The Register Misunderstands BitTorrent Encryption

from the it's-about-throttling dept

The Register recently had a story about an explosion of encrypted BitTorrent traffic. They speculate that this is an attempt to evade the recording industry and law enforcement officials who are cracking down on illegal file sharing. But as TorrentFreak explains, El Reg is fundamentally misunderstanding the rationale for BitTorrent encryption. The whole point of BitTorrent is its ability to share files with complete strangers. Copyright holders can connect to BitTorrent swarms as easily as anyone else can, and encryption won't stop them from determining the IP addresses of the other swarm participants. Rather, the goal of BitTorrent encryption is to obfuscate BitTorrent traffic and thereby make it harder for ISPs to detect. This feature was added to a number BitTorrent clients after some ISPs started throttling BitTorrent connections to save bandwidth. The encrypted network connections are harder to identify as BitTorrent streams, and therefore are harder to block. But that brings up another puzzling thing about the Register story that TorrentFreak points out: since the whole point of BitTorrent encryption is to avoid identification as BitTorrent traffic, how does the Register know the traffic it's seeing is BitTorrent traffic and not something else? Of course, it's quite possible that a lot of BitTorrent users are making the mistake the Register did, wrongly assuming that using encryption will keep them safe from the prying eyes of the recording industry. It won't, but there might be users who use the encryption features hoping that it will.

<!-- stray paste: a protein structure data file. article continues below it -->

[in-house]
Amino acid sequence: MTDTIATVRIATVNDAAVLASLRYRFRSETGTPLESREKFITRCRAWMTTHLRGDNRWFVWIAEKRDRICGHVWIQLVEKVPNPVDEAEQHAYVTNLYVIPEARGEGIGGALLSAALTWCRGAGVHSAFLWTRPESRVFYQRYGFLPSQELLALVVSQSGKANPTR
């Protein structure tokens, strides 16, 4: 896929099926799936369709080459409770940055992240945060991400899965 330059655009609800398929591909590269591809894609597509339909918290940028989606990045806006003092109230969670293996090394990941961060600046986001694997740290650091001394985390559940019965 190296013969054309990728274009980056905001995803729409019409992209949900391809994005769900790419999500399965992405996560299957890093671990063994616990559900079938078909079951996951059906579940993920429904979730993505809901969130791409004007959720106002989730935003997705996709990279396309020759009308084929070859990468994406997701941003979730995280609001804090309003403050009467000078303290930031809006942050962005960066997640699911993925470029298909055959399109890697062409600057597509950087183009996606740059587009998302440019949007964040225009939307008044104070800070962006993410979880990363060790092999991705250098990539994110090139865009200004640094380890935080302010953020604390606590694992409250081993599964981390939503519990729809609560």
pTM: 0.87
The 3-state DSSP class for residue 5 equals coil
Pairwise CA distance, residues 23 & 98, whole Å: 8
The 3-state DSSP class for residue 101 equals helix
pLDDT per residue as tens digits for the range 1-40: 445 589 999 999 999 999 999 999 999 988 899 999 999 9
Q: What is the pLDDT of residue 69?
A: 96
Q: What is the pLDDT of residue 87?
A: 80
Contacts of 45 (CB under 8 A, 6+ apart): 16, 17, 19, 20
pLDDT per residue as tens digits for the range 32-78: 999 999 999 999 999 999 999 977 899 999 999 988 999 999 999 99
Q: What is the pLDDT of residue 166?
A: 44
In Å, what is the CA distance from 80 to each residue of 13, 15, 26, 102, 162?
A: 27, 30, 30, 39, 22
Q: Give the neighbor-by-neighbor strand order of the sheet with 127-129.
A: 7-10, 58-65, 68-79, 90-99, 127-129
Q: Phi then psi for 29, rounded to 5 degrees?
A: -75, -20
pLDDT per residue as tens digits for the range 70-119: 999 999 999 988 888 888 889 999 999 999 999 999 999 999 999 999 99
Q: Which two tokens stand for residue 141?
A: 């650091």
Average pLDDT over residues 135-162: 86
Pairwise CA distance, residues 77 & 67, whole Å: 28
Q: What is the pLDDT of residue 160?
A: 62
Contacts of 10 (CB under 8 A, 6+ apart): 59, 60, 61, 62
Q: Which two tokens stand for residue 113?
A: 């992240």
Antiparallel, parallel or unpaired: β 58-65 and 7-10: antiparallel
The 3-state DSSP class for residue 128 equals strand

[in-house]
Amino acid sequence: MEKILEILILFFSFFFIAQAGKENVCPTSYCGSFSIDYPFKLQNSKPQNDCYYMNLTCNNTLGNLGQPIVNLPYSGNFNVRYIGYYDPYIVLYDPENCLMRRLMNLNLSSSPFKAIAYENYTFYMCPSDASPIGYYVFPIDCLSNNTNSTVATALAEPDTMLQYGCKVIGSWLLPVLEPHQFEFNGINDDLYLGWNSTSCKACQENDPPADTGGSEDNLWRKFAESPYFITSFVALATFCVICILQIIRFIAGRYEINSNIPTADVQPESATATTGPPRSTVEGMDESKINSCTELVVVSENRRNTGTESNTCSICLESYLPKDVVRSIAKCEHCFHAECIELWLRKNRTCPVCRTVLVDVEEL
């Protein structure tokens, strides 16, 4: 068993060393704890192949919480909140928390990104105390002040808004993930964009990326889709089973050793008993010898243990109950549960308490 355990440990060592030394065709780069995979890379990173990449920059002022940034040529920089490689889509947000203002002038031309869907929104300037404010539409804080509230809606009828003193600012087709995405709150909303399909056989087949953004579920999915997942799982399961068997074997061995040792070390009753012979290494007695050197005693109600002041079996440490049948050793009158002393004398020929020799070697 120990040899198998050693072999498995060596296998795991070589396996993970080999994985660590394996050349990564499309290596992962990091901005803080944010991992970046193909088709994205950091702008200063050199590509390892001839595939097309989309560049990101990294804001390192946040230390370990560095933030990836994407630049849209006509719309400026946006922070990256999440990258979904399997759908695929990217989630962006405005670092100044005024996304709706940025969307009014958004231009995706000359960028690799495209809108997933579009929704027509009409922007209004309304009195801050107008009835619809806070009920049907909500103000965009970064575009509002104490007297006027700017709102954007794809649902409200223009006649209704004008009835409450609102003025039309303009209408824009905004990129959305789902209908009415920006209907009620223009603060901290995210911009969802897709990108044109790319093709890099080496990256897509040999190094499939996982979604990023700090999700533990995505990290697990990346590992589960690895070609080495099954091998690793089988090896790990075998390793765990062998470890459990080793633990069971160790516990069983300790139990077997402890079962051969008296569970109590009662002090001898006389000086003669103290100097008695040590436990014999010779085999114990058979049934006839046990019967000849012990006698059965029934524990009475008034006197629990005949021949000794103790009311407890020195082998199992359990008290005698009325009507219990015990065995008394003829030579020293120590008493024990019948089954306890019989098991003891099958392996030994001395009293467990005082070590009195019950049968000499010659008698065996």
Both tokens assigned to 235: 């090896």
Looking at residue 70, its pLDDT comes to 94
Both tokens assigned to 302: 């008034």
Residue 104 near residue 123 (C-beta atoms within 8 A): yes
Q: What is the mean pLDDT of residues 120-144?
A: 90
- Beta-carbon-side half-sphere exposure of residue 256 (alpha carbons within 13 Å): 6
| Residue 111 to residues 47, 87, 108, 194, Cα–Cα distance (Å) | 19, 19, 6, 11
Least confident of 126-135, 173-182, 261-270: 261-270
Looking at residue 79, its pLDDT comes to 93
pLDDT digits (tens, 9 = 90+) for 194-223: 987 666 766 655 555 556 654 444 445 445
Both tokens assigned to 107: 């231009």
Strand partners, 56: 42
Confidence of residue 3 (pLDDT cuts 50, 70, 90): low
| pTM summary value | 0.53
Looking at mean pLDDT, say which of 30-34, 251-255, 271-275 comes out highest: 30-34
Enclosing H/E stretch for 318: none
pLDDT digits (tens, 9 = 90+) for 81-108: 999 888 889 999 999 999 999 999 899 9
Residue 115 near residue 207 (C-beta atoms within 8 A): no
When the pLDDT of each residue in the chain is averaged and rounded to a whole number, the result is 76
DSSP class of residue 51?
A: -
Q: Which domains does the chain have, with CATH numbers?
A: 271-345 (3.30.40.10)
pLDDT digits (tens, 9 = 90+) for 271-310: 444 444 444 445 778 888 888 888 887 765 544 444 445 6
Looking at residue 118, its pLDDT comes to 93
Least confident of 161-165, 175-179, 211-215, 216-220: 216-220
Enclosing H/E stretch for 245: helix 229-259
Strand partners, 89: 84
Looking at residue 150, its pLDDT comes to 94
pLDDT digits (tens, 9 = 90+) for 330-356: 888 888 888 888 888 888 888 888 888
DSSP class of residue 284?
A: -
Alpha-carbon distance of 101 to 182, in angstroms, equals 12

Reader Comments (rss)

(Flattened / Threaded)

  1.  
    identicon
    stephen, Nov 9th, 2007 @ 6:33pm

    demonoid

    in a somewhat related point, this message comes up when you go to torrent site demonoid.com:

    "The CRIA threatened the company renting the servers to us, and because of this it is not possible to keep the site online. Sorry for the inconvenience and thanks for your understanding."

     

    reply to this | link to this | view in thread ]

  2.  
    identicon
    sancho, Nov 9th, 2007 @ 7:35pm

    Common misconception

    This is a very common misconception. People often tell me that they are safe from the media moguls ecause they use encrypted torrents. It's likely that the article is accurate (maybe even unintentionally.)

     

    reply to this | link to this | view in thread ]

  3.  
    identicon
    Joseph J. Frazier, Nov 9th, 2007 @ 7:55pm

    Anonymous Sources